My plans of spending the long Memorial Day weekend visiting Harper’s Ferry were scrapped by a forecast promising three straight days of rain.
Not exactly hiking weather.
So with help from my Dad, we moved to plan B, which was to tackle the most imposing item on my 2021 to do list: replacing the floors in my kitchen, bathroom, and entryway.
Three days, three floors. If HGTV could do it, so could we.
It was slow and exacting work, but over the next three days we laid down all three floors without once uttering the do-it-yourselfer’s ultimate curse word:
The new flooring looked great.
But you know I wouldn’t be writing about this project if things had gone without a single hitch.
This isn’t that kind of blog.
The bathroom toilet.
It came off easy enough. But getting it back on?
Whole ‘nother story.
If you’ve never installed a toilet, there are two bolts on the floor that stick up in the air. You put down a wax ring, and then place the toilet on top of the wax ring, making sure the bolts go through the holes on each side of the toilet.
Yes, but it requires maddening precision. You can’t get it close and then readjust, because the wax seal that prevents leaking will be broken.
Anticipating this, we bought three wax seals.
We had a lethal combination of weaknesses. I could lift the toilet, but I wasn’t strong enough to hold it while my Dad searched for the bolt, which he had trouble seeing. This was due partially to the fact that his eyes aren’t as young as they used to be, and the toilet is stuck back in a corner where it’s hard to get good light in.
I’d strain to hold the toilet while he searched, until I either dropped it or we put it down in the wrong position.
After ruining two wax seals, we stopped to rest and strategize.
We decided to lighten the load by taking the toilet apart. Unbeknownst to me, a toilet comes in two pieces—the bowl and the tank. If we could remove the tank it would hopefully lighten the load enough for me and make it easier for my Dad to see the bolts.
One look and we realized this was hopeless—the bolts were rusted out and there was no way we’d ever get that toilet back together without it leaking.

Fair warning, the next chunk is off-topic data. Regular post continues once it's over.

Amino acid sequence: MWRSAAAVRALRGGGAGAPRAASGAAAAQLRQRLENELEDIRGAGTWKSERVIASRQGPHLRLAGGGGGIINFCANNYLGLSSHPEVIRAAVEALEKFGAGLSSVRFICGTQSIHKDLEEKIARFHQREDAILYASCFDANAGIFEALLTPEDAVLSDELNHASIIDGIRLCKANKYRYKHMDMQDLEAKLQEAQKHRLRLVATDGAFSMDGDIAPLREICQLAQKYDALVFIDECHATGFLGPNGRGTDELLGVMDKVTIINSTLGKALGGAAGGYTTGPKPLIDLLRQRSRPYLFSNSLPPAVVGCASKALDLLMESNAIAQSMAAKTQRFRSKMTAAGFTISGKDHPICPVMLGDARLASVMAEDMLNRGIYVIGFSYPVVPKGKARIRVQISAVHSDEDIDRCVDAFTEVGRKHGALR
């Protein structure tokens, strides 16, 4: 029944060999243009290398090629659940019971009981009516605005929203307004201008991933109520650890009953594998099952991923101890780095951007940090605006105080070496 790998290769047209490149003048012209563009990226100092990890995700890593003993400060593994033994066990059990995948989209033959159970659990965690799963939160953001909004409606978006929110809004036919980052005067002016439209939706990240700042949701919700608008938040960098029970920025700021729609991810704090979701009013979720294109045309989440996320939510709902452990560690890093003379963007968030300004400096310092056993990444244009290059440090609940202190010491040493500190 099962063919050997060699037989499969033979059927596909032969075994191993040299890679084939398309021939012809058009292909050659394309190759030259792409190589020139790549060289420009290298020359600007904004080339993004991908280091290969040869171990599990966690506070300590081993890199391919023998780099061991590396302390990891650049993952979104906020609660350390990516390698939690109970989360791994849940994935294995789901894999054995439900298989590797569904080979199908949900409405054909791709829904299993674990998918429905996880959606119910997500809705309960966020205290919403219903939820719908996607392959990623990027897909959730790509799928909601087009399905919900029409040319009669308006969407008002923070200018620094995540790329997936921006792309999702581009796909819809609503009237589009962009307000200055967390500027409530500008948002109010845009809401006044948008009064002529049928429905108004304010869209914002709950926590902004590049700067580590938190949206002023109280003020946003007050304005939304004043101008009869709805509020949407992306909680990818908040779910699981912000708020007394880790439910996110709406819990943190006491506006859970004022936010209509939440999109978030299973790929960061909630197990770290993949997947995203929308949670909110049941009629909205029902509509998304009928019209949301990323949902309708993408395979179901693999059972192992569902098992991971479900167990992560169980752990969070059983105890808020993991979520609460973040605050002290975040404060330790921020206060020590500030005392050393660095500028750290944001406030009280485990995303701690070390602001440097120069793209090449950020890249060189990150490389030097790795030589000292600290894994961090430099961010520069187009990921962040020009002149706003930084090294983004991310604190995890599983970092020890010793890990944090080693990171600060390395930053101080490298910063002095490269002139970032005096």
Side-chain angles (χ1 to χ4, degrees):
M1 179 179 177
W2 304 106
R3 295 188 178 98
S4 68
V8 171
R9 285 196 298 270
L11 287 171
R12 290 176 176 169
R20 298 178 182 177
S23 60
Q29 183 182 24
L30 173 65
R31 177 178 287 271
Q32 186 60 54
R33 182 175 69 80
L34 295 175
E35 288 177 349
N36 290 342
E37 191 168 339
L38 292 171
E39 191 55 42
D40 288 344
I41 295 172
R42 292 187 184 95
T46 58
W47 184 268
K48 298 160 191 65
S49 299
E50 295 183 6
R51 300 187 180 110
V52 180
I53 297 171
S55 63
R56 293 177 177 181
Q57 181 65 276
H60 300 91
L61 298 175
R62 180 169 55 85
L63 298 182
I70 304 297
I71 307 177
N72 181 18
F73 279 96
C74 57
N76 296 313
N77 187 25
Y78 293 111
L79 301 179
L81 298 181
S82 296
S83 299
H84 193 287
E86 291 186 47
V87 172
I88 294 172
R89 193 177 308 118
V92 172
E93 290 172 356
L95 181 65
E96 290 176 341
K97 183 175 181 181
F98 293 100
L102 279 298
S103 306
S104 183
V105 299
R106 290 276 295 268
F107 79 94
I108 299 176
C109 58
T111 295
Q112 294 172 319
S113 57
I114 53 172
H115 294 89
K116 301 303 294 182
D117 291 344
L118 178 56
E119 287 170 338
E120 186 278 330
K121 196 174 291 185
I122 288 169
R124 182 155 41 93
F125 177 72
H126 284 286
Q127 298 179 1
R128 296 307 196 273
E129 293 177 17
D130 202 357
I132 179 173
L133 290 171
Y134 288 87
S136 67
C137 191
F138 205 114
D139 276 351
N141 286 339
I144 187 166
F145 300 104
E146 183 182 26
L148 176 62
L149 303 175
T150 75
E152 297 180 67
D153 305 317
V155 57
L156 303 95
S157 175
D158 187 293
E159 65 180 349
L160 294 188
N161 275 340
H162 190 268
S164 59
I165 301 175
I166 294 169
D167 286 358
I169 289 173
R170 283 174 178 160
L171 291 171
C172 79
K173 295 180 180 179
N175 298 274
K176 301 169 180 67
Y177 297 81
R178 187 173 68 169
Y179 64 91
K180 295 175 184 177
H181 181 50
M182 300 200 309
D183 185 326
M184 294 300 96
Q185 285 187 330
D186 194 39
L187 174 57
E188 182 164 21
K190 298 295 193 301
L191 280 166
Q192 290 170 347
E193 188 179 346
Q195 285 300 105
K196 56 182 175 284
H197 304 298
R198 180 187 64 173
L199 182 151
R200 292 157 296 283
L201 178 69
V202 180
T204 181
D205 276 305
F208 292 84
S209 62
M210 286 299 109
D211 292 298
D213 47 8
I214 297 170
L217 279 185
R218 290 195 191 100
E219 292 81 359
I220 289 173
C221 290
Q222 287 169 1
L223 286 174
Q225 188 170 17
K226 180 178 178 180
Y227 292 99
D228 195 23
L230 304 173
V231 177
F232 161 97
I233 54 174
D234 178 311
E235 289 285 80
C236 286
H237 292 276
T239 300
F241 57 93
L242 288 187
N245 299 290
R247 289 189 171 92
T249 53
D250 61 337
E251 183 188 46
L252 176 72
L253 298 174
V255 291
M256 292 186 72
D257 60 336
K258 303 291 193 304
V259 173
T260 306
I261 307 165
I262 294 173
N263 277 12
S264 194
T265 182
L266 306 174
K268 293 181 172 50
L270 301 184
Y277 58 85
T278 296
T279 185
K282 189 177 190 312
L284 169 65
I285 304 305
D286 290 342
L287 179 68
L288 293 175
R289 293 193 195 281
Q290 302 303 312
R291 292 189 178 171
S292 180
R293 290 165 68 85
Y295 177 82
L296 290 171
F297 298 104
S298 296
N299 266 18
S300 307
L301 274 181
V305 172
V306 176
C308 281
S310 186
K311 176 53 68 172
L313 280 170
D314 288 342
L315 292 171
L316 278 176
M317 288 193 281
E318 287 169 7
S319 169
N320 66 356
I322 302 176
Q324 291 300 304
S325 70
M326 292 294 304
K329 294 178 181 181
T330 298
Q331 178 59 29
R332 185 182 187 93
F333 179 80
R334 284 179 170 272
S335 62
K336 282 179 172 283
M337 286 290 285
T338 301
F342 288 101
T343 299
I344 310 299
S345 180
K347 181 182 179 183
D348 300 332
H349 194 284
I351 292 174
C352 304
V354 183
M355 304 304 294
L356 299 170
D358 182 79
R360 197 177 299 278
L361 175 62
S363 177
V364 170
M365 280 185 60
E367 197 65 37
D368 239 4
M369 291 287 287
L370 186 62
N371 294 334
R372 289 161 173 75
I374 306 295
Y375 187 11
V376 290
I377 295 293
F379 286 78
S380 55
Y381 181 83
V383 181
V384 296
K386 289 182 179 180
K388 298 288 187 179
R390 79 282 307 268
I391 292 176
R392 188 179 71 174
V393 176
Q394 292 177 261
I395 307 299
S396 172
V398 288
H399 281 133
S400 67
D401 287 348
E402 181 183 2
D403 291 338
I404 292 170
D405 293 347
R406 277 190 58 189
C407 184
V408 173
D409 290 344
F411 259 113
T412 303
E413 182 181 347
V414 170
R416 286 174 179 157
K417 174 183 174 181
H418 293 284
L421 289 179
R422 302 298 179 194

We were stuck.
Until I said, “Why don’t we just buy a new toilet?”
“A new toilet?”
“A new one will be in two pieces.”
And just like that we were off to Lowe’s for the second time that day. Halfway there, we reconsidered.
“Is this crazy?” my Dad asked. “To buy a brand-new toilet?”
I stopped to think it over.
“We’re not buying a toilet,” I finally said. “We’re buying next weekend. Because if we keep on this way, this project will drag on beyond today.”
We were deep into the third day of the job. We were satisfied with our work thus far but exhausted and ready to be finished. I was willing to pay the price of a new toilet to be able to spend my next weekend doing something fun instead of finishing up this project.
We nodded to one another and kept on driving.
“What kind of toilet are you looking for?” the Lowe’s employee asked, getting ready to show us high efficiency, luxury, or budget options.
“The lightest one you have,” I said.
“You heard me.”
We went down the aisles, not even looking at the floor models, but instead turning the boxes around to find the weights. We found the lightest toilet they had and loaded it up.
Back at home, I dug some paint out of the garage and painted the tops of the bolts yellow for extra visibility. We lifted the bowl of the new toilet and got that baby on in one try.
We bolted on the tank, hooked it up, and flushed it a dozen times without a single leak and smiled.
Next weekend was safe.
Next weekend, of course, is now this weekend, the nicest one we’ve had all year.
I spent it rowing, having coffee with friends, then dinner with other friends. I plan to spend today lounging around with a good book or maybe I’ll hit up the Pittsburgh Arts Fest.
This weekend was worth the price.
And I even got a new toilet out of the deal.